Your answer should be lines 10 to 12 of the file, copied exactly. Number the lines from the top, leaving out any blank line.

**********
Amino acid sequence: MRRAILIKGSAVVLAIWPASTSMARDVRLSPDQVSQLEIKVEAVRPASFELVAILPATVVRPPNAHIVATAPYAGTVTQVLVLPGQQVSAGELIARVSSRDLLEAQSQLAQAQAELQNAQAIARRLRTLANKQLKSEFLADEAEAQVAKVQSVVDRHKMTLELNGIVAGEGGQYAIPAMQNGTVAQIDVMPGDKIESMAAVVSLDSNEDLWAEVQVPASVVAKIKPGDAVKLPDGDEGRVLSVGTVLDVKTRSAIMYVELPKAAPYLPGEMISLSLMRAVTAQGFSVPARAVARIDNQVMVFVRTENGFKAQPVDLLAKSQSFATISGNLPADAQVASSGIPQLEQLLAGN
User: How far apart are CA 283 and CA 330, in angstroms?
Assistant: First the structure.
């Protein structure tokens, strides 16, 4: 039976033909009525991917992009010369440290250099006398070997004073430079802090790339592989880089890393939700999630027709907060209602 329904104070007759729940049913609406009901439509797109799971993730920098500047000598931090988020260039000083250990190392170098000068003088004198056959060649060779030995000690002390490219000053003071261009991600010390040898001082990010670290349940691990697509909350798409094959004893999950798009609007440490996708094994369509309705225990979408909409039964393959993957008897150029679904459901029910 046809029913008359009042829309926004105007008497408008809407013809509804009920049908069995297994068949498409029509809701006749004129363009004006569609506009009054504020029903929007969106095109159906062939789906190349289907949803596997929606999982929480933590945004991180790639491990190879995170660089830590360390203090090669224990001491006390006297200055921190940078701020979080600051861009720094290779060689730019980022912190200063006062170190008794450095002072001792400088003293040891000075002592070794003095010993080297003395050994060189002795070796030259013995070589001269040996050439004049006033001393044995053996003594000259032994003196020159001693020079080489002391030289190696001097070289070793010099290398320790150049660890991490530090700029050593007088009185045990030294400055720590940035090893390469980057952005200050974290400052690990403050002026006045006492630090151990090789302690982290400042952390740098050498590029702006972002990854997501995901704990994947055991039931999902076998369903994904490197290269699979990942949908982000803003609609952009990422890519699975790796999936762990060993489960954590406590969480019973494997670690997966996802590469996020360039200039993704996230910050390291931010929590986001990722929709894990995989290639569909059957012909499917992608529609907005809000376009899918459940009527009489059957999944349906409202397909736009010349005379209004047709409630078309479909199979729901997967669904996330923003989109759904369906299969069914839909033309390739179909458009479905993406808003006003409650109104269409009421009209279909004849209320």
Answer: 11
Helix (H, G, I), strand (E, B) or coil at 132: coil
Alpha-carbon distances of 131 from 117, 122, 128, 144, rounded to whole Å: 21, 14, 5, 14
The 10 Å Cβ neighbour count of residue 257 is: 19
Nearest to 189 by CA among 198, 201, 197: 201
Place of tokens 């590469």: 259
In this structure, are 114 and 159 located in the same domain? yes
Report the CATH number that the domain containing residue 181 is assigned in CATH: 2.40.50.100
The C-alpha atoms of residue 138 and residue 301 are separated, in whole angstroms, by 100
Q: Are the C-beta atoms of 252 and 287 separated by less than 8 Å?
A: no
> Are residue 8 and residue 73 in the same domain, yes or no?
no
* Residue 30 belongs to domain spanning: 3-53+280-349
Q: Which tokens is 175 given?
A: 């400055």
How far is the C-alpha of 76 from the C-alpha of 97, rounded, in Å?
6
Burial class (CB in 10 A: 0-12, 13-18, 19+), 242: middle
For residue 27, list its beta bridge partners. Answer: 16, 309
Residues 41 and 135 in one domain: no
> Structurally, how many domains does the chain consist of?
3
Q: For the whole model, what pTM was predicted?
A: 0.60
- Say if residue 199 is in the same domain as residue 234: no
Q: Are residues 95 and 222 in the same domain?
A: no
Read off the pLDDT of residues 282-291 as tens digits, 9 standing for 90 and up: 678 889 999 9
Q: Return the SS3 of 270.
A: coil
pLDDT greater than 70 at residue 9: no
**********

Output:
Place of tokens 């590469």: 259
In this structure, are 114 and 159 located in the same domain? yes
Report the CATH number that the domain containing residue 181 is assigned in CATH: 2.40.50.100